Conservation Camp (Send me a Postcard)
Sarah Schoenfeld’s comments on her work
I’ve noticed that writing about these pictures is as difficult as making these pictures speak out what happened. You cannot explain this without sounding flat and inappropriate or infinitely naive. It always falls short of what is to be said and I really would not like to contribute a meaningless text to these images. Maybe a good statement on this subject would be that nothing is to be said about it or that any explanation just remains stuck in your throat.
I would rather use Paul Celan’s “Death Fugue” to express the hopelessness and in some way the arrogance that underlies the work as a strategy. No one can really speak about Auschwitz; each posture is inappropriate or grotesque. The arrogance of silent laughter in this context – a self-portrait – seems to me the only naively and arbitrary act which opens up a space by its own failure to give meaning to the hopelessness of the situation. And this is the voice of the Greek tragedy that always means guilt.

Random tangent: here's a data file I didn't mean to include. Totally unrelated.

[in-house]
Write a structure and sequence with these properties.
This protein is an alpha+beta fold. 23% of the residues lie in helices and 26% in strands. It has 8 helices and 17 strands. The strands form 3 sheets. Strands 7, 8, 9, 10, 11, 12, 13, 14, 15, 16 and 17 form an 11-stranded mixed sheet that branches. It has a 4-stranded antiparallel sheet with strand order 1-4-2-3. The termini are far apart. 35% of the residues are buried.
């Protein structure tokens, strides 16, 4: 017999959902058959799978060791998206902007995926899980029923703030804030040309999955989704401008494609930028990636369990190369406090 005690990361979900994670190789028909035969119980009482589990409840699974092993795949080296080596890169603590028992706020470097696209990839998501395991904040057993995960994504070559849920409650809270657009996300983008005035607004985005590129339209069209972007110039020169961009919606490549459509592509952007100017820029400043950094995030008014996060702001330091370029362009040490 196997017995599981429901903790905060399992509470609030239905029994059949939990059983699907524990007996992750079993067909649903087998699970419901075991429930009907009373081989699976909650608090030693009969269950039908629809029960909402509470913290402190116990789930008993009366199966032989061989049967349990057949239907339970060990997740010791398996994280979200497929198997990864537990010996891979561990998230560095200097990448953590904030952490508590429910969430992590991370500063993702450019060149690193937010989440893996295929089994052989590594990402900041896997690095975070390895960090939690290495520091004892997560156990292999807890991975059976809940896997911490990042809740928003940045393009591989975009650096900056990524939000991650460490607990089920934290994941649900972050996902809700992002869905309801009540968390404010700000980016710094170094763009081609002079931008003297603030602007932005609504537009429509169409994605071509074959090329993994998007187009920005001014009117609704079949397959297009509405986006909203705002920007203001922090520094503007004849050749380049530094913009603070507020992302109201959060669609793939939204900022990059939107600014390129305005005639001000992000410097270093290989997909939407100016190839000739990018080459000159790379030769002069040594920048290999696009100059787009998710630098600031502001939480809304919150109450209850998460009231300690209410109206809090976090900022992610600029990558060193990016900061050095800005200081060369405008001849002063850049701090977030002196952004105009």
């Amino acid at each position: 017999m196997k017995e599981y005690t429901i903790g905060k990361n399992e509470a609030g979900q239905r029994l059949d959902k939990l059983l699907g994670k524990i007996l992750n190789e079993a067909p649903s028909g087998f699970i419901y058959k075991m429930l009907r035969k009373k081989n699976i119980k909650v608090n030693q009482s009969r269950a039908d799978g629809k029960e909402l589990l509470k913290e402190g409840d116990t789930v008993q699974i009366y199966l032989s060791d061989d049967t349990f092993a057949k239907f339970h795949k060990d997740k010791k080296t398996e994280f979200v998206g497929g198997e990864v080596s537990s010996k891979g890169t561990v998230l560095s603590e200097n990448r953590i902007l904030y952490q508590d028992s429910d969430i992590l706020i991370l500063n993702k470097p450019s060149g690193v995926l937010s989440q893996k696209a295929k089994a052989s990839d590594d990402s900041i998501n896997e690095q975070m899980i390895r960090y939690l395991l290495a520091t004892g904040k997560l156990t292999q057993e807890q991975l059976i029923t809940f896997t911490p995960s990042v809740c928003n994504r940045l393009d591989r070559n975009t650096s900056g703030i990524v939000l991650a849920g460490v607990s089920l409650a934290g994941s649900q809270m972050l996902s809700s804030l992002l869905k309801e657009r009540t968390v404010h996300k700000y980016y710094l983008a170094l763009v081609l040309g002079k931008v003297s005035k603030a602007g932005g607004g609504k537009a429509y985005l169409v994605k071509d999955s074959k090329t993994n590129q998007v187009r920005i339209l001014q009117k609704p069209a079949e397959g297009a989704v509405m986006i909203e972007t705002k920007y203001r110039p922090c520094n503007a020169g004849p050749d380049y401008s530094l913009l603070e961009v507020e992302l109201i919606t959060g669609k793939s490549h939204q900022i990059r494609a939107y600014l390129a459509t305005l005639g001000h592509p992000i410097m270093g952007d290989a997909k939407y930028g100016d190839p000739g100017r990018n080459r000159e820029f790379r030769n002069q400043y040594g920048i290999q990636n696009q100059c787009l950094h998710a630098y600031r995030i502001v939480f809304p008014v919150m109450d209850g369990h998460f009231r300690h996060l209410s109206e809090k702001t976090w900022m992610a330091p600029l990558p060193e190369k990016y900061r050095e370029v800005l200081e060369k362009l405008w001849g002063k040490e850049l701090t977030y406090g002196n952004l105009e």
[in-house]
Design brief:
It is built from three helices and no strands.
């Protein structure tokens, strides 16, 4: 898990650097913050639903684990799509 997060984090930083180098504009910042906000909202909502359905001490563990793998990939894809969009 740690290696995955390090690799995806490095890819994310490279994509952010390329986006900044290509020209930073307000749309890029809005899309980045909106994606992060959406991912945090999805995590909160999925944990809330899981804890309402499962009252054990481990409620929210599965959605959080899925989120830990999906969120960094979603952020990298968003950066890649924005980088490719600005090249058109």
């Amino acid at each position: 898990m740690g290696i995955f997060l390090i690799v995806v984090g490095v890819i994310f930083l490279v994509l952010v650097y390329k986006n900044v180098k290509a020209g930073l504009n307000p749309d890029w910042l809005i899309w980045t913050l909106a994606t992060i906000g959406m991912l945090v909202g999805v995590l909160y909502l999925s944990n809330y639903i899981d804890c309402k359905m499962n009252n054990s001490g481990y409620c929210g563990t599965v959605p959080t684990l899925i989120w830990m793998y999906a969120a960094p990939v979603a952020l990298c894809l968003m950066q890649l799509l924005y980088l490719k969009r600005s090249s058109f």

The Self-portrait in front of the fence in Auschwitz: a reminder photo of an unforgettable moment. Is there a moral obligation to preserve Auschwitz of the profanation by tourism, to consider as totally inappropriate the renovation of the site, the reconstruction of Auschwitz ? Or is this an indissoluble ulcer that we must keep alive, so that everyone can continue to visit it? By installing hot dog stands and removable shithouses, through preservation and conservation we take away its power and menace. The monster is tamed and perhaps will allow us all the more to sense the dark side of human existence.
The postcard is a tamed, trivialized form of paradise, the “other place”. But one could also write a post-card from hell.